In order to better fight tax evasion and fraud, the European Commission adopted on February 2, 2009 two proposals for new directives intended to improve mutual assistance between the tax authorities of the Member States in the assessment and recovery of taxes. One of the key elements of the proposals is that the Member States will no longer be able to rely on bank secrecy in order to refuse cross-border cooperation.

Bank secrecy is a legal principle pursuant to which banks are allowed to protect personal information about their customers, through the use of numbered bank accounts or otherwise. Bank secrecy is more effective in certain countries, such as Switzerland, or in tax havens, where offshore banks adhere to voluntary or statutory levels of privacy. Created by the Swiss Banking Act of 1934, which also resulted in the creation of the famous Swiss banks, the principle of bank secrecy is sometimes considered one of the keystones of private banking. However, it has also been suggested that bank secrecy encourages the growth of underground economies and organised crime.

The current EU arrangements for mutual assistance in the recovery and assessment of taxes date from 1976[1] and 1977,[2] respectively. At that time, the mobility of persons and capital was incomparable to what it is today. Today, fraudsters take advantage of territorial limitations on the national tax authorities in order to hide income in foreign countries and claim insolvency in countries where they owe taxes.

As a result, the European Commission has decided to open a new front in the battle against tax fraud with proposals that target bank secrecy laws in Austria, Belgium and Luxembourg.

Current situation and the bank secrecy exception

Under Directive 2003/48/EC of June 3, 2003 on taxation of savings income in the form of interest payments, each EU Member State is expected to provide information to the other Member States on interest paid from that Member State to individuals residing in the other Member States. However, the directive provides for a transitional period for Belgium, Luxembourg and Austria, during which time these Member States can levy a withholding tax, rather than provide information, on interest income paid from these Member States to individuals residing in other EU Member States. The rate of withholding tax was 15% for the first three years (July 1, 2005 - June 30, 2008); it is now 20% (July 1, 2008 - June 30, 2011) and will be raised to 35% effective July 1, 2011. These three Member States must transfer 75% of the revenue raised by this withholding tax to the tax authorities of the recipient's Member State of residence, retaining 25% to cover the administrative expenses arising from application of the tax.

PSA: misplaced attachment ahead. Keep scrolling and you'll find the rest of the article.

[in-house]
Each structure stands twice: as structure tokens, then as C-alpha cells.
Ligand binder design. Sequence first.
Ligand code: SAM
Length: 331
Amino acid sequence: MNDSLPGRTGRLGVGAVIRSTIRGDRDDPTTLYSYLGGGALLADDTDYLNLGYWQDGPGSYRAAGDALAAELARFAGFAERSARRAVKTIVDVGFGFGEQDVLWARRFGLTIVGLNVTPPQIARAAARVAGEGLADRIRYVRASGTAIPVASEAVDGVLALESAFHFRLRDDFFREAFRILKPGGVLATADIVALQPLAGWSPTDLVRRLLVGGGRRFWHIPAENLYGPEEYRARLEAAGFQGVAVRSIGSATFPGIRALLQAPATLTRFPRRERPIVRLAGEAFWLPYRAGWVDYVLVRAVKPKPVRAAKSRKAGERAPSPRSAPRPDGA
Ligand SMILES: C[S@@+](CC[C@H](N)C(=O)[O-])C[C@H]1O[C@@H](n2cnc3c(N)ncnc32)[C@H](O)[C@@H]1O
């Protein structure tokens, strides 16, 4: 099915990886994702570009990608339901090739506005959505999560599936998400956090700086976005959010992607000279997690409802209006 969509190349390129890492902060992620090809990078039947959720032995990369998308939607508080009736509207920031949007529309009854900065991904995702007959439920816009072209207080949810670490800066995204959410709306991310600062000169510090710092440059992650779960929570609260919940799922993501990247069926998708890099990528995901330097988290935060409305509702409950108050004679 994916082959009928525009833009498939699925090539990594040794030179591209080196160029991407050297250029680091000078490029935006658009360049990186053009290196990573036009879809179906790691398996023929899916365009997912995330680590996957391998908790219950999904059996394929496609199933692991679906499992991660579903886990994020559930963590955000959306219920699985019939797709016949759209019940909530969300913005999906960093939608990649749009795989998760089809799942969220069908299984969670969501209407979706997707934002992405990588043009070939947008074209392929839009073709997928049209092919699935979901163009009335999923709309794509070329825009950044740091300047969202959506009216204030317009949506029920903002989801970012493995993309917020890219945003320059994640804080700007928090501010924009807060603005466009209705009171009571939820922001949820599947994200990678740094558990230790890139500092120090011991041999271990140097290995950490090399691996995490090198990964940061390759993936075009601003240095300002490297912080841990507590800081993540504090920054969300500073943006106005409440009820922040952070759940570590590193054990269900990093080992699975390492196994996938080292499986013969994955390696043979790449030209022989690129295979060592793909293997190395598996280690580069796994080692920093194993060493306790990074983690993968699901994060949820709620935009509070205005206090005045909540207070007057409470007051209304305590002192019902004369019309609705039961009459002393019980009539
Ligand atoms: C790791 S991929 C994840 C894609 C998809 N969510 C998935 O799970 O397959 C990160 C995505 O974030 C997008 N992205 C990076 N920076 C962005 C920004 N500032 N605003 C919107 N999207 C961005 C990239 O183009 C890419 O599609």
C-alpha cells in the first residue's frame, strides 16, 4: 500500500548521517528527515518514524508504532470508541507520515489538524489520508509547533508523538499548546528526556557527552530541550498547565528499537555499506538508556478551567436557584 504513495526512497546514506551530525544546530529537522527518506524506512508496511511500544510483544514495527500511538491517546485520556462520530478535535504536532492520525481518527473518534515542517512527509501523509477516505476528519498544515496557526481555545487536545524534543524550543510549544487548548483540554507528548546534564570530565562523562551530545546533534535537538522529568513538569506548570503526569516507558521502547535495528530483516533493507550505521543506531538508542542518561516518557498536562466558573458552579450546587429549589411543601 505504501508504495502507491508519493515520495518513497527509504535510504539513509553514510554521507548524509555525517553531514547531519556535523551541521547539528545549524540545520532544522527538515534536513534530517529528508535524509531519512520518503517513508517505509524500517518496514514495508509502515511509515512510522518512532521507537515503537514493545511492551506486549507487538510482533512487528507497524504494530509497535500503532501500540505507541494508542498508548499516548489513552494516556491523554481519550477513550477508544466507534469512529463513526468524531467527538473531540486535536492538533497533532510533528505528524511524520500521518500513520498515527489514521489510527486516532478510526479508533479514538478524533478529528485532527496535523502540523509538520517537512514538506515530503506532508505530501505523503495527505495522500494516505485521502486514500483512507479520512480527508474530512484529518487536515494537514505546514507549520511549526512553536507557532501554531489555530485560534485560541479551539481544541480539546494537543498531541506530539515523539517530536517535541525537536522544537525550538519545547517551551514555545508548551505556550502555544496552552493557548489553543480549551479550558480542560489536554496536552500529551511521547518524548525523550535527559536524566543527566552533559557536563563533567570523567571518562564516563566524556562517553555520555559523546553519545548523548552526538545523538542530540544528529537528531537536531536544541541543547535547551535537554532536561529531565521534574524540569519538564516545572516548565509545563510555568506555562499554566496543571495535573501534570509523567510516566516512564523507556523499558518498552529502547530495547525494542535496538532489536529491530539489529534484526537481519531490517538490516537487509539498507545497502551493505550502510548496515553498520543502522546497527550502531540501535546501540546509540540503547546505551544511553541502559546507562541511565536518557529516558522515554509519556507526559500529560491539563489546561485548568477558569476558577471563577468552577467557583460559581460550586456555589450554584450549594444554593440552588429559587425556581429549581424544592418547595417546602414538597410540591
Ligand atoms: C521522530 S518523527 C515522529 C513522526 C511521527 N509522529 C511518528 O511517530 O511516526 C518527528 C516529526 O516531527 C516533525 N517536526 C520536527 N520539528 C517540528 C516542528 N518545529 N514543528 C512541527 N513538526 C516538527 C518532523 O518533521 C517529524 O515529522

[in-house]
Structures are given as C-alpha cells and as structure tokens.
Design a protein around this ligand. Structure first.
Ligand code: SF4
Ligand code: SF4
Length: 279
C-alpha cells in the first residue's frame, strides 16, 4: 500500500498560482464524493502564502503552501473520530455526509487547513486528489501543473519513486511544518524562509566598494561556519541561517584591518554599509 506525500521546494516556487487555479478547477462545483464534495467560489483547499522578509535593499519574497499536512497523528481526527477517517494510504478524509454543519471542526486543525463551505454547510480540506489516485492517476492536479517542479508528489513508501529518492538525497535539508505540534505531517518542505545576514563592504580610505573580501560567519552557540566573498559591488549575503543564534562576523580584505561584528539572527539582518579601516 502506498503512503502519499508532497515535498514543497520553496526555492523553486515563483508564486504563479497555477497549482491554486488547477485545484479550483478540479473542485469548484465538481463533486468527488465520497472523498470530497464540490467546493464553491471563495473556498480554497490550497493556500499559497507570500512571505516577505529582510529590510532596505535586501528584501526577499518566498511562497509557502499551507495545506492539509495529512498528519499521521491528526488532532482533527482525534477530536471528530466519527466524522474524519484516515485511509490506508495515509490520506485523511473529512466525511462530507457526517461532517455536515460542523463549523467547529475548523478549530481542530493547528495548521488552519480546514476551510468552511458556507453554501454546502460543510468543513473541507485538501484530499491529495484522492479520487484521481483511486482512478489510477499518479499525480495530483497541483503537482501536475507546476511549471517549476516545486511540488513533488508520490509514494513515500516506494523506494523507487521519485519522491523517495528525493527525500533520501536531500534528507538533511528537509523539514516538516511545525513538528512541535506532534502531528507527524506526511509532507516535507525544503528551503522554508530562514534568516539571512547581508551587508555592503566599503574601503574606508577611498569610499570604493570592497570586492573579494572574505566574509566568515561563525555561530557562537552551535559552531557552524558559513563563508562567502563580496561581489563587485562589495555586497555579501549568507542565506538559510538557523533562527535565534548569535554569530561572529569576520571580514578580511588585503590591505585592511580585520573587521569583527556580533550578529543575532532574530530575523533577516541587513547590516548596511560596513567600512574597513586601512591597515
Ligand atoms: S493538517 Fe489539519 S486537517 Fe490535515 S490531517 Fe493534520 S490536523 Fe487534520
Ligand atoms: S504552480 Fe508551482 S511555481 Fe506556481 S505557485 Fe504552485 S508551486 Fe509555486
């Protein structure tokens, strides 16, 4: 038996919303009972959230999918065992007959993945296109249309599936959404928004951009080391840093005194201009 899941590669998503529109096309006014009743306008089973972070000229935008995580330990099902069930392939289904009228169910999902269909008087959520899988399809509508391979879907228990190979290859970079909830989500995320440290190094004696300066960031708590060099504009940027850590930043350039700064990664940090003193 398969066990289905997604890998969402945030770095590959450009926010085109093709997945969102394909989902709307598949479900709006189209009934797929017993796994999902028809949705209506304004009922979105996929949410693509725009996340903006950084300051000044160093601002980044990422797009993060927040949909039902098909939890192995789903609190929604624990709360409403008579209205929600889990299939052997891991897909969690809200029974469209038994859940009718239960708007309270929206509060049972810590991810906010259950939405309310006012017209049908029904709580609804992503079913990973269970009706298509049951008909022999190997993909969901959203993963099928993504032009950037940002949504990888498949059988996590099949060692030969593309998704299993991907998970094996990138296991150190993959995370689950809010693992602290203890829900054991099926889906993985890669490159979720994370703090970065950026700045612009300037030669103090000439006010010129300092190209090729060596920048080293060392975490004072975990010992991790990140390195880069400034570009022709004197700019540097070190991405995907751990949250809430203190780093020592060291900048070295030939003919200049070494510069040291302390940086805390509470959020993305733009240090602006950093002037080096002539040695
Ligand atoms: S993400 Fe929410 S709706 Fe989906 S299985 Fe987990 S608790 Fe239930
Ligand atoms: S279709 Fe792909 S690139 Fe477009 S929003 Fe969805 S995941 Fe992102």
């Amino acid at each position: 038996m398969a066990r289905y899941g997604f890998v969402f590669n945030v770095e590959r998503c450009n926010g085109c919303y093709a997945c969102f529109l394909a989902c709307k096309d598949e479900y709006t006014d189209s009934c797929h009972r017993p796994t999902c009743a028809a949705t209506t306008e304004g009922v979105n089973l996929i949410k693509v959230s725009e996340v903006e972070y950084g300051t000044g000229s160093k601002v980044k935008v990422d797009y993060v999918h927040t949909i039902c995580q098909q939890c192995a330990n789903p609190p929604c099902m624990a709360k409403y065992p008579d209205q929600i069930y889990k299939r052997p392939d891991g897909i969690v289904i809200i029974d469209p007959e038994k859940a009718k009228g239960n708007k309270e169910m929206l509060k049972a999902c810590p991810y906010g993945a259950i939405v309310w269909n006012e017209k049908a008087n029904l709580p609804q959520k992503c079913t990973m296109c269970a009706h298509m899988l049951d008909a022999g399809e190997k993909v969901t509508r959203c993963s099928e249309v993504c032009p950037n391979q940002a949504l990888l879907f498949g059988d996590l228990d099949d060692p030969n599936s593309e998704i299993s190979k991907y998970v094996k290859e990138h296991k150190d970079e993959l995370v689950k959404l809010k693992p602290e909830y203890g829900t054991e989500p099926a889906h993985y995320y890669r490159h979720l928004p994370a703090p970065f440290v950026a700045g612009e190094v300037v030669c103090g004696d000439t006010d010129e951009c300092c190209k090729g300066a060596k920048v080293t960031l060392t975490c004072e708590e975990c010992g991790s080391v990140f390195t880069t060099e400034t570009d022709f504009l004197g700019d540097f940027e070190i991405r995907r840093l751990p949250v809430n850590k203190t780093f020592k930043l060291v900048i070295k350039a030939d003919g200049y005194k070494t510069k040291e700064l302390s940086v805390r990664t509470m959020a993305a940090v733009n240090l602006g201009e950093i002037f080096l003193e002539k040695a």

According to the EU's tax commissioner, it is unacceptable for bank secrecy in one Member State to constitute an obstacle to the correct assessment by the tax authorities of another Member State of the taxes due by its resident taxpayers. He described the proposal as only a "first step" towards abolishing bank secrecy since the new directive will only apply when an EU Member State requests tax information about a resident of another EU country. Under the proposal, resident taxpayers of Austria, Belgium and Luxembourg will continue to benefit from bank secrecy as regards dealings with their local tax authorities. The new rules will also give European countries a stronger hand when dealing with non-EU tax havens. Such countries have on occasion rejected requests or demands for information, pointing to uncooperative EU states, as the EU commissioner rightly points out.